Monday, June 27, 2016

No, Virginia, Gun Ownership Is Not Protected By The Constitution

Okay, so I've been hearing a lot of statements from gun-rights folks lately about how the Second Amendment of the United States Constitution guarantees the right of American citizens to own firearms.

It does not. Allow me to elaborate ...

In Heller v. District of Columbia, Antonin Scalia, a justice sympathetic to the gun lobby if there ever was one, wrote the majority decision that stated that keeping and bearing firearms as a means of self-defense is a Constitutionally protected right (he got this wrong in a big way, in my opinion ...). So even though I wholeheartedly disagree with his opinion, and I will provide my own analysis to support this elsewhere, the sad fact is that this is the law now.

In his decision, he expounded at great length about the definitions on the words "keep" and "bear" in the context of the Second Amendment (I'm not going to bore you, dear reader, with all the details; if you want to read it for yourself you may do so here). To summarize, his opinion hinged on the following definitions:

  • keep: to have in one's possession, to have control over an object.
  • bear: to direct the use of an object.

Interestingly, neither of these definitions addresses the question of ownership. This is not a new concept; virtually all of us live with this every day. Consider, for example the license plates on your vehicle. You "keep" the plates in that you have them in your possession. You "bear" the plates in that you direct how they are used (mounted on your vehicle, possibly a Red Sox license plate frame if you are a decent person, a Yankees license plate frame if you are not). However, they do not belong to you, they still belong to the issuing authority.

So what does ownership entail, if not possession? After all, there's an old saying that "possession is nine tenths of the law." But what of that other ten percent?

Ownership, while it may imply possession, carries with it the legal concepts of severability and transferability, which are closely related (and, in many cases, synonymous), and absolutely essential to the idea of owning anything. For purposes of this discussion we will consider the terms to be interchangeable and will use the term "transferability" from hereon.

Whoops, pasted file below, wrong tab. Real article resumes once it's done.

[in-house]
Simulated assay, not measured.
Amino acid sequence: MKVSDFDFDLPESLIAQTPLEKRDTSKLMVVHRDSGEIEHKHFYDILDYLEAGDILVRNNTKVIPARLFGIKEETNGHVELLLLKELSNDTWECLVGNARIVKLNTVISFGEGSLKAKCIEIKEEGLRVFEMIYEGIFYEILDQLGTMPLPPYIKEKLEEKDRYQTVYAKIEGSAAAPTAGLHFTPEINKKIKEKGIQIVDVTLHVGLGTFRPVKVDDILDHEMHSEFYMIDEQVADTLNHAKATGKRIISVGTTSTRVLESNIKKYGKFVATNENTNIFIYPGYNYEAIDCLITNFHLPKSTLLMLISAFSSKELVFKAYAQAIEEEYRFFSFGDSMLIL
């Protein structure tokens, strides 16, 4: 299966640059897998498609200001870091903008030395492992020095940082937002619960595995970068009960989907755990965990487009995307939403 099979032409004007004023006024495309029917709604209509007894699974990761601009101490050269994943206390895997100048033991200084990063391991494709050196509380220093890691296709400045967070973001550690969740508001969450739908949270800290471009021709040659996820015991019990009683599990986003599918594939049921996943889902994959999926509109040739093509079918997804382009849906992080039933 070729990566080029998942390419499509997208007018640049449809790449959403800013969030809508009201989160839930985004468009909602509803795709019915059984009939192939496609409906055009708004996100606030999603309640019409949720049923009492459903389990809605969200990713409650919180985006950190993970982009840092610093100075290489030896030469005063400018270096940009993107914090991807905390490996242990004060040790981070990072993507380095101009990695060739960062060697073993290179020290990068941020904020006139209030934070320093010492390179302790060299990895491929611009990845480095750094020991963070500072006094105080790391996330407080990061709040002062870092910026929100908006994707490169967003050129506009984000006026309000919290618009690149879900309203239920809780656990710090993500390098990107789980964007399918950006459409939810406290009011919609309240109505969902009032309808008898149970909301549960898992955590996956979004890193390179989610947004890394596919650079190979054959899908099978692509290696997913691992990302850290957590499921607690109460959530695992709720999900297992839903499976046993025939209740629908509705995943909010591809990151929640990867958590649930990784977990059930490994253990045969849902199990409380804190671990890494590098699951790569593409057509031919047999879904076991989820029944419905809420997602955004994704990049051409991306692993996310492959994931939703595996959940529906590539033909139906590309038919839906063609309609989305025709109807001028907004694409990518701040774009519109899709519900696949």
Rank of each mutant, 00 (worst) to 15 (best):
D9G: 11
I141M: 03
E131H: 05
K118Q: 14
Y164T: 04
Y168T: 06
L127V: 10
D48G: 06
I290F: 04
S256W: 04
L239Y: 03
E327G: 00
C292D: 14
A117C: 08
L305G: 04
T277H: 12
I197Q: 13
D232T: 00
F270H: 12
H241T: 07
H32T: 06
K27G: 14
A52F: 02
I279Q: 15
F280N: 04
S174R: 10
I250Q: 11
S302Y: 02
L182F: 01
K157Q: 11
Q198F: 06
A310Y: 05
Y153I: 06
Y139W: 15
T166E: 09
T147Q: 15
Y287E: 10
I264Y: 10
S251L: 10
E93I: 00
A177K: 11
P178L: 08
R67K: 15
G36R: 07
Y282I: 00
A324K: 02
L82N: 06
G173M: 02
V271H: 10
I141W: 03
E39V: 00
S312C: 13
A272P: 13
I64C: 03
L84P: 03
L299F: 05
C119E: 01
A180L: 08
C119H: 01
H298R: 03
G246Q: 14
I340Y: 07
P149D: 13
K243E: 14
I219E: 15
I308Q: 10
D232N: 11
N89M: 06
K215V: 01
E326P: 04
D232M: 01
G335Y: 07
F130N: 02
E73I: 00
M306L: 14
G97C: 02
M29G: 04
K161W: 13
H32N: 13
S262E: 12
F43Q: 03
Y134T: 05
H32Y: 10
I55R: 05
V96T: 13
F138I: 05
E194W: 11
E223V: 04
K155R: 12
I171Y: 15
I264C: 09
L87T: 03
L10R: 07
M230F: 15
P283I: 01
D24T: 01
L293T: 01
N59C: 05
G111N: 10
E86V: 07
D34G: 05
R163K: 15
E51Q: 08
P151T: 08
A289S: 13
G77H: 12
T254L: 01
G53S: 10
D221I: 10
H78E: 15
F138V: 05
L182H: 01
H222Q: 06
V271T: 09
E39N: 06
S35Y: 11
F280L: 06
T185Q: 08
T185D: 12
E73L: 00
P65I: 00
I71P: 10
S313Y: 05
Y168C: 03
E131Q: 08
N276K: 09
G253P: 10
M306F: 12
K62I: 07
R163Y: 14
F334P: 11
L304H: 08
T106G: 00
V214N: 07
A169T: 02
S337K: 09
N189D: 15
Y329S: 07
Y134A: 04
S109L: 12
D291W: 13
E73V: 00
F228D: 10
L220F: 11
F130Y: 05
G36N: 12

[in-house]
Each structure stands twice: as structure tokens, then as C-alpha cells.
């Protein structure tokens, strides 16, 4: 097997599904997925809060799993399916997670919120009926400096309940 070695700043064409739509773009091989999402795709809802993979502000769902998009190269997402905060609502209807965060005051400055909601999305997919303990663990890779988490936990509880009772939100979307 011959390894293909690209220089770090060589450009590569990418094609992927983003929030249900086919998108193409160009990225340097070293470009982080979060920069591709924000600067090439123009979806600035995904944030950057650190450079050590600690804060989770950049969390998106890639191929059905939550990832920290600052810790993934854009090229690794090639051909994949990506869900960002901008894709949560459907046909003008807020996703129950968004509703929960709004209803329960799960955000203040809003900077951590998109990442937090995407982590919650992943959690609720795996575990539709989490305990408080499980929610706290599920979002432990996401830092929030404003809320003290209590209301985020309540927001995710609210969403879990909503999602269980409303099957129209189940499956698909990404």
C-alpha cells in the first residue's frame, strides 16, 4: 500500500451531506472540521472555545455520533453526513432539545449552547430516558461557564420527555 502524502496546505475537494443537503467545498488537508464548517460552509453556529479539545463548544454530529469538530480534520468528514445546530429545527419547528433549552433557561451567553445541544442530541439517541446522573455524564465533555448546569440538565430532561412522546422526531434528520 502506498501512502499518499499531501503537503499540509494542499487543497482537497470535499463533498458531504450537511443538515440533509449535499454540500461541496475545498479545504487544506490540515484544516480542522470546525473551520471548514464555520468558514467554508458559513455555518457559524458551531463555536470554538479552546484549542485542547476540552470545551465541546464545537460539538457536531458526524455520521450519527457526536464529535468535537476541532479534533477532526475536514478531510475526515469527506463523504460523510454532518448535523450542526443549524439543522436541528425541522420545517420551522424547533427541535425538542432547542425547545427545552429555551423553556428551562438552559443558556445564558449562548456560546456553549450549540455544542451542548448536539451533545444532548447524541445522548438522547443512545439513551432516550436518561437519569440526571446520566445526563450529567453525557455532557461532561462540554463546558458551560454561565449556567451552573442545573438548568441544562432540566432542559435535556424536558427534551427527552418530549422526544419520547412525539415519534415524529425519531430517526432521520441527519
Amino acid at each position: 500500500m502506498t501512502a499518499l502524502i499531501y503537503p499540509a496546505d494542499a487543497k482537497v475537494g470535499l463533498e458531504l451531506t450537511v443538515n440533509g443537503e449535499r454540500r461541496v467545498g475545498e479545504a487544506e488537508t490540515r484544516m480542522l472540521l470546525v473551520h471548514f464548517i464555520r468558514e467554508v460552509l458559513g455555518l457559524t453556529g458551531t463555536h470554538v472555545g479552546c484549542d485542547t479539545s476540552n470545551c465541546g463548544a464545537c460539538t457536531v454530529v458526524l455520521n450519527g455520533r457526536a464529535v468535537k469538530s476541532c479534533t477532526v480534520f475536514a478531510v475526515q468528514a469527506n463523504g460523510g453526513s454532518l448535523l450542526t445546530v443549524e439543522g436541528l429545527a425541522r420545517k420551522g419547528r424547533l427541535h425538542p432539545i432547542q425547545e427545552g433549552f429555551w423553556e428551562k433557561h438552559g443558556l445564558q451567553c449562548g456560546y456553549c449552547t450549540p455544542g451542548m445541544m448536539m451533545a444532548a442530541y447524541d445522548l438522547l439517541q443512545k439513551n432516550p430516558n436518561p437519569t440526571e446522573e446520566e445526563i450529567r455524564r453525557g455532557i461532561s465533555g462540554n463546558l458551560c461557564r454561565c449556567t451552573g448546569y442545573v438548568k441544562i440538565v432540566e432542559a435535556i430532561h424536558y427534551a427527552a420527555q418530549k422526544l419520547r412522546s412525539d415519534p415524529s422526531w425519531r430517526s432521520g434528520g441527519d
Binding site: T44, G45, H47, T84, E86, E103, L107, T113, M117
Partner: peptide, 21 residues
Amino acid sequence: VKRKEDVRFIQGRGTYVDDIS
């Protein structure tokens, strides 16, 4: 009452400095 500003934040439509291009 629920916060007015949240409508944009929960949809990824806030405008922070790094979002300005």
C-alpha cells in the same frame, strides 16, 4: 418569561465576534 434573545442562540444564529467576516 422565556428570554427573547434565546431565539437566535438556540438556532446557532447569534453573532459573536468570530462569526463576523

"Transferability" is the legal ability to transfer ownership to another entity, be it an individual, an organization, or a governmental body. For example, let's consider the owner of a bookstore. While she may not own the building in which the store is located, she does "own" all the inventory -- that is, she bought the books, and if she was so inclined she could just say the hell with it, close up the shop, and have an amazing personal library. Because she owns the books, she has the legal right to transfer ownership to another -- also known as a customer. I'm not going to get into the economic justifications for setting prices an all that; suffice it to say that she has the ability to relinquish title to every book in the store and transfer that ownership to another.

In fact, she may not ever take possession of the book. Consider a customer who comes in and places an order for a book that is out of stock. She orders the book from the publisher and directs that it be delivered directly to the customer. The fact that she has never had the book in her possession does not diminish her ownership status in the slightest. Granted, she may own it on paper only, and for a very brief period at that (because the customer paid in advance in this case), but she is still owner of the book for a short time because the publisher sold the book to her, not her customer.

This same principle can apply to firearms in the United States. Under the Second Amendment as interpreted in the Heller decision, citizens have the right to keep firearms in their possession, and they have the right to bear them (that is,to direct their use). However, and this is important, the do not have a Constitutionally protected right to own a weapon. This doesn't mean that it is now illegal to own a firearm, far from it. All it means is that, when it comes to ownership, it is regulated at the legislative level, not the Constitutional.

This is a very important distinction, and may provide an opportunity for supporters of gun control to gain some measure of regulation. If legislation can be introduced that places reasonable restrictions on gun ownership, then perhaps we can see a drop in the number of firearms being sold to people who only wish to do harm.

However, this is not going to happen as long as the Second Amendment is used as a shield by the National Rifle Association and other pro-gun groups, which is why we need to repeal the Second Amendment. It is archaic, outdated, and was written in the days of breech-loaded matchlock rifles that could, when in the hands of an expert marksman, fire up to two rounds in a single minute, and whose accuracy beyond twenty five yards was only marginally better than shooting with your eyes closed. It no longer applies in the twenty-first century, with firearms capable of hurling chunks of hot lead with a high degree of accuracy for hundreds -- sometimes thousands -- of yards, and doing so in bursts of up to 1,500 rounds per minute (the German MG 42 machine gun), and in the case of Gatling-style guns (with multiple barrels), rates of up to 6,000 round per minute have been achieved.

6.000 rounds per minute. That's 100 rounds per second.

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